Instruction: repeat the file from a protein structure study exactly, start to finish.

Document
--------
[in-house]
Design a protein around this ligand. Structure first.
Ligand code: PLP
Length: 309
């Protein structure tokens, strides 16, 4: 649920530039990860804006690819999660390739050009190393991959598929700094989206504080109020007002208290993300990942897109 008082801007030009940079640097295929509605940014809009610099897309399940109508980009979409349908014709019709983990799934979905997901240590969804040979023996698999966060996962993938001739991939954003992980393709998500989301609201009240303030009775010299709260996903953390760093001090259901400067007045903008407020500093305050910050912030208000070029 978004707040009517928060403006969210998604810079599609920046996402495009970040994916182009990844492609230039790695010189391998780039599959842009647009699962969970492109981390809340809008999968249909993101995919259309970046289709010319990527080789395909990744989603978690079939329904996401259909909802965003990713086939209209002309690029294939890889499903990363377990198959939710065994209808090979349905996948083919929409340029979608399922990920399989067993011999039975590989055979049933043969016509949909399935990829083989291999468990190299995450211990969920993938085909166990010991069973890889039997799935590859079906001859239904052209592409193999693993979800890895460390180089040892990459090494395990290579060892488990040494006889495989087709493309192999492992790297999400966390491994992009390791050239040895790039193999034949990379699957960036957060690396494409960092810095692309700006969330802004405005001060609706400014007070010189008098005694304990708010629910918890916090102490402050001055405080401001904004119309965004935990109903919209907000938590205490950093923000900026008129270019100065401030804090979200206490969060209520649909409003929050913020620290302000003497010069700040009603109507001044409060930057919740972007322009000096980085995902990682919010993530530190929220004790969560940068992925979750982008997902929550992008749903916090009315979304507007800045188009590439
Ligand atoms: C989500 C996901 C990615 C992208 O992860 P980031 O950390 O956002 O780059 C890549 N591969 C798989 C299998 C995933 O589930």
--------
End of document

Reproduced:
[in-house]
Design a protein around this ligand. Structure first.
Ligand code: PLP
Length: 309
């Protein structure tokens, strides 16, 4: 649920530039990860804006690819999660390739050009190393991959598929700094989206504080109020007002208290993300990942897109 008082801007030009940079640097295929509605940014809009610099897309399940109508980009979409349908014709019709983990799934979905997901240590969804040979023996698999966060996962993938001739991939954003992980393709998500989301609201009240303030009775010299709260996903953390760093001090259901400067007045903008407020500093305050910050912030208000070029 978004707040009517928060403006969210998604810079599609920046996402495009970040994916182009990844492609230039790695010189391998780039599959842009647009699962969970492109981390809340809008999968249909993101995919259309970046289709010319990527080789395909990744989603978690079939329904996401259909909802965003990713086939209209002309690029294939890889499903990363377990198959939710065994209808090979349905996948083919929409340029979608399922990920399989067993011999039975590989055979049933043969016509949909399935990829083989291999468990190299995450211990969920993938085909166990010991069973890889039997799935590859079906001859239904052209592409193999693993979800890895460390180089040892990459090494395990290579060892488990040494006889495989087709493309192999492992790297999400966390491994992009390791050239040895790039193999034949990379699957960036957060690396494409960092810095692309700006969330802004405005001060609706400014007070010189008098005694304990708010629910918890916090102490402050001055405080401001904004119309965004935990109903919209907000938590205490950093923000900026008129270019100065401030804090979200206490969060209520649909409003929050913020620290302000003497010069700040009603109507001044409060930057919740972007322009000096980085995902990682919010993530530190929220004790969560940068992925979750982008997902929550992008749903916090009315979304507007800045188009590439
Ligand atoms: C989500 C996901 C990615 C992208 O992860 P980031 O950390 O956002 O780059 C890549 N591969 C798989 C299998 C995933 O589930």